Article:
Today, the Holy Father asks all to use our new technology and methods of communication not just to spread the Christian message but to integrate that message into the formation of our changing culture.

The Pontifical Council for Social Communications "has, for some time now, been following the surprising and rapid evolution of the means of communication growing in the involvement of the magisterium of the Church". With these words, Benedict XVI received participants in the plenary assembly of that dicastery, presided over by Archbishop Claudio Maria Celli, which is examining the role of new technologies in the media during these days.

The Holy Father cited Paul VI's pastoral instruction "Communio et Progressio" and John Paul II's "Aetatis Nova", "two important documents that have favoured and promoted greater awareness on the themes tied to communication in the Church".

He also recalled John Paul II's encyclical "Redemptoris Missio" that affirms: "Involvement in the mass media, however, is not meant merely to strengthen the preaching of the Gospel. There is a deeper reality involved here: since the very evangelization of modern culture depends to a great extent on the influence of the media, it is not enough to use the media simply to spread the Christian message and the Church's authentic teaching. It is also necessary to integrate that message into the 'new culture' created by modern communications".

"Effectively," Benedict XVI said, "modern culture is established, even before its content, in the very fact of the existence of new forms of communication that use new languages; they use new technologies and create new psychological attitudes. All of which supposes a challenge for the Church, which is called to announce the Gospel to persons in the third millennium, maintaining its content unaltered but making it understandable, thanks also to the instruments and methods in tune with today's mentality and culture".

At the same time, the Pope referred to his last message for the World Communications Day in which he encouraged "those responsible for communication in all areas, to promote a culture of respect for the dignity and worth of the human being, a dialogue rooted in the sincere search for truth and friendship (.) capable of developing the gifts and talents of each and of putting them at the service of the human community".

"In this way the Church exercises that which can be defined as a "deaconate of culture" in today's "digital continent", using its means to announce the Gospel, the only Word that can save the human being. The task of enriching the elements of the new culture of the media, beginning with their ethical aspects, falls to the Pontifical Council for Social Communications as well as serving as orientation and guide in helping the particular churches understand the importance of communication, which represents a key point that cannot be overlooked in any pastoral plan".

Concluding, the pontiff recalled the 50th anniversary of the Vatican Film Archive founded by Blessed John XXIII, which possesses a "rich cultural patrimony pertaining to all humanity" and he encouraged to continuing collection and cataloguing of images "that document the path of Christianity through the suggestive witness of the image".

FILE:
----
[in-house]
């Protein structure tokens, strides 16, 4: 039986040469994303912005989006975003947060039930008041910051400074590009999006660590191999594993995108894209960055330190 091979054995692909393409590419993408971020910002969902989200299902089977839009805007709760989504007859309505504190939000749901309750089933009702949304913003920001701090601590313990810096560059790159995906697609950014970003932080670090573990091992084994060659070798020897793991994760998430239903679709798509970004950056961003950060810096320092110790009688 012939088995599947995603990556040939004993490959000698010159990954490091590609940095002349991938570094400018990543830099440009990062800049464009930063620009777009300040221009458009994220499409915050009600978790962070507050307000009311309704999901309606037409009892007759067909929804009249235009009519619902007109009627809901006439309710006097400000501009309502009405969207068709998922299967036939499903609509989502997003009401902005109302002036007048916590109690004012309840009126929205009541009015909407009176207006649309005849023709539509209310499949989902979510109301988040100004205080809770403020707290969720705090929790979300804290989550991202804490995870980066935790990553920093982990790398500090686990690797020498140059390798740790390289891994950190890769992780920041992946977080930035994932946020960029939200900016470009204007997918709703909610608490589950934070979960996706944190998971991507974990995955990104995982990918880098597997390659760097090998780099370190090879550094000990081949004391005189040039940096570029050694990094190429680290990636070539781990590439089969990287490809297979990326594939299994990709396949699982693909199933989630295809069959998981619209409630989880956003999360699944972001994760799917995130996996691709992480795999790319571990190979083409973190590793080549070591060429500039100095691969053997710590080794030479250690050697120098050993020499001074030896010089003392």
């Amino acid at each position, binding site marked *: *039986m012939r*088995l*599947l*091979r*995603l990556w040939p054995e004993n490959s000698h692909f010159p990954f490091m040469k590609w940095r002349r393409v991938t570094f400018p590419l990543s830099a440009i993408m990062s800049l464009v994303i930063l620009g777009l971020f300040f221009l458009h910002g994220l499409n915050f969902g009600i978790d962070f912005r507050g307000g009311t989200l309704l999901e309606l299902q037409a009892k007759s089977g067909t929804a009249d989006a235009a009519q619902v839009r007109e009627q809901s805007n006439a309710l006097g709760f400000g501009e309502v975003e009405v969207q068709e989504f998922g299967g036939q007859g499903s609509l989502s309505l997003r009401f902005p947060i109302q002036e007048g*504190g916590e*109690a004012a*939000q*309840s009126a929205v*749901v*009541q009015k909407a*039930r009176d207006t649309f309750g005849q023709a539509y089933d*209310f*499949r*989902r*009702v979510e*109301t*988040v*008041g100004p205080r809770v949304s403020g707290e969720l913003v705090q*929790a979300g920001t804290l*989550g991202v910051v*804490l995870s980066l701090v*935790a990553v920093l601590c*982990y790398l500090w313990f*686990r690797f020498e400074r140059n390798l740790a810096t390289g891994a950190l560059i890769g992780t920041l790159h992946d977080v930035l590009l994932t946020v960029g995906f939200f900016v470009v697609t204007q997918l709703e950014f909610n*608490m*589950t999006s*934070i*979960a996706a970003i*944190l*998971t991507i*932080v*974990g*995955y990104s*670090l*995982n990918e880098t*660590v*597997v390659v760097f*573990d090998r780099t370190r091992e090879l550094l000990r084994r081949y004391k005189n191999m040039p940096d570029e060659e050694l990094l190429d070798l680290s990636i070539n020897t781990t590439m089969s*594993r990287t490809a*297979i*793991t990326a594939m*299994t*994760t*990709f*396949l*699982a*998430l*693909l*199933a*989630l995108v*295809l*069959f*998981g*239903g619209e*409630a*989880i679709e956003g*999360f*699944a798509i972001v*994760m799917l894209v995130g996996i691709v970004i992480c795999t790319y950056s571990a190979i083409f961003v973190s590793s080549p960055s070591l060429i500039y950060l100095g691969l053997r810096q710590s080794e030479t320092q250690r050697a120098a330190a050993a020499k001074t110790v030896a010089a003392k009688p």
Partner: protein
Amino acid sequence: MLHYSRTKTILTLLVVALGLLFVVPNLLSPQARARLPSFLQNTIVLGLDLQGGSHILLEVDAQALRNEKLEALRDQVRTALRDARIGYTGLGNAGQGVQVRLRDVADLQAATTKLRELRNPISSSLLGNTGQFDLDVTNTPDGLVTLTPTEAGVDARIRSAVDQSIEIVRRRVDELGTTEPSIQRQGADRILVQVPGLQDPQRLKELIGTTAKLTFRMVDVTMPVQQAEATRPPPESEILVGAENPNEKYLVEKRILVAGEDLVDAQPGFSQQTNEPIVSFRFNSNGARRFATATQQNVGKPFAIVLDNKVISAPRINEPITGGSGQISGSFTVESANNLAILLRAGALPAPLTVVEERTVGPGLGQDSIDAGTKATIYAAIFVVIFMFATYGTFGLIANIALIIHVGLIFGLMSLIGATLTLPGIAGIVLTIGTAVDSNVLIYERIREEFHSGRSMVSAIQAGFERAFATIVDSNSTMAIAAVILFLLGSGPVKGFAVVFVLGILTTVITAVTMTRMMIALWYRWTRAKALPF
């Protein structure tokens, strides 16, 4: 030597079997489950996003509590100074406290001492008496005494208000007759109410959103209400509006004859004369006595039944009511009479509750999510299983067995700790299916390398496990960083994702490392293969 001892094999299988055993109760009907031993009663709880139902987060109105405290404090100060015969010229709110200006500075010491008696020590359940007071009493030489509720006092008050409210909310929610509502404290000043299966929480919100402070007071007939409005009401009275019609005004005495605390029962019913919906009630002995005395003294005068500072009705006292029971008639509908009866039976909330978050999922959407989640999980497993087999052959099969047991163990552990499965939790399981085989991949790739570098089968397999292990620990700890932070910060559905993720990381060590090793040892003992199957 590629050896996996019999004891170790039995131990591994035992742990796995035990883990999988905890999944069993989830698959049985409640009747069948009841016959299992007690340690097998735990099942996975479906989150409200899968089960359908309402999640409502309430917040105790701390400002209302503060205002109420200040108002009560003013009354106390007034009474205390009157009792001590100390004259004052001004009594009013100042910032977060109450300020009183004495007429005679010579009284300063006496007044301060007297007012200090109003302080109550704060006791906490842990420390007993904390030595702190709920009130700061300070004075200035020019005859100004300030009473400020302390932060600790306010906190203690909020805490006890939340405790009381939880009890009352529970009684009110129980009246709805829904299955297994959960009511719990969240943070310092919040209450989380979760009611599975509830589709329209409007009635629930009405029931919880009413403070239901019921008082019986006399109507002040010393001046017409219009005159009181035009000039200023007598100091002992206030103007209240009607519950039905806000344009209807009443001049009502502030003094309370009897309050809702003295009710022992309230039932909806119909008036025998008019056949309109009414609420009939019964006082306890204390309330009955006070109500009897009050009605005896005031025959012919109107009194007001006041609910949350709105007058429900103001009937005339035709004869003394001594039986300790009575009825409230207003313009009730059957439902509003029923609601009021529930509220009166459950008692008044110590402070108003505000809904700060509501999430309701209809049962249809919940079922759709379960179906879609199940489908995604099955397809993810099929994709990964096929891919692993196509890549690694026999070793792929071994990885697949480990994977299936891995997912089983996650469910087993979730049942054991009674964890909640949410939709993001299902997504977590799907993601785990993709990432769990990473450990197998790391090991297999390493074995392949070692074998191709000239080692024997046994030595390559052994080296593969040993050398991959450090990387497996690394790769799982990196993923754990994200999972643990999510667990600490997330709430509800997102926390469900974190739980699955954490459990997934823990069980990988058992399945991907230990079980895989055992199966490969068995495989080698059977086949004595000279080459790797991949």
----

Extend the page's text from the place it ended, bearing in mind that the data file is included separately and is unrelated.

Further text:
Bulletin for the weekend of November 1, 2009



The bulletin for the weekend of November 01, 2009 has been posted. Click here to see it.

See the website for additional information on the visit of a relic of St. Mary Magdalene on Friday, November 6, 2009.

The calendar on the website has been updated with all events for the coming week along with prayer intention information and information on the second collection for all of the masses. Take some time to look at our calendar here.

Updates are also being made to our St. Landry Catholic Church blog. You can get to the blog from the church home page under the Bulletins and News section or you can just click here to go to it.

Don't forget, we're also sending out live updates via Twitter. Our Twitter name is StLandryCath. You can see updates by clicking here.

Wednesday, October 28, 2009

Relics - What are they and what is the scriptural basis? By Monsignor J. Robert Romero

As we are preparing to receive a relic of St. Mary Magdalene on November 6, 2009, I would like to explain what is a relic, why relics are important to us, and how to spiritually prepare for the visit of St. Mary Magdalene’s relic.

The word relic comes from the Latin reliquiae, meaning "remains." A reliquary is a container that houses one or more relics. In religion a relic is kept and venerated because it once belonged to a saint, martyr, or religious leader, especially a part of his or her body. A relic is either the physical remains of a saint, some part of their remains, or else an object associated with them, that they have used, such as clothing. A saint is a dead person with whom, following prayer, a miracle is associated.

Relics are divided into three classes. First class relics are part of the remains of a saint. This could be their body, a bone, hair, ashes, etc. Second class relics are objects associated with a saint, like clothing, rosary they used. Third class relics are ordinary objects which have been touched to either a first or second class relic. These are usually small pieces of cloth.

Relics have been part of the human experience since ancient times. In ancient Greece, remains of Oedipus, Theseus, Demetrius, Phocion, Aesculapius and Perdicas I were given honor or veneration. In Buddhism, relics of the Buddha are venerated. In the Muslim religion there is in Istanbul at the Topkapi Palace Museum relics of the sword and standard of Muhammad, a hair from his beard, and the staff of Moses as well as other relics. Relics are preserved by different Muslim communities. In the secular and civic world of America, the bodies of Abraham Lincoln and George Washington are given national importance. A house where George Washington slept is given more value than other houses. The Lincoln Bedroom at the White House is given more significance than other rooms at the White House.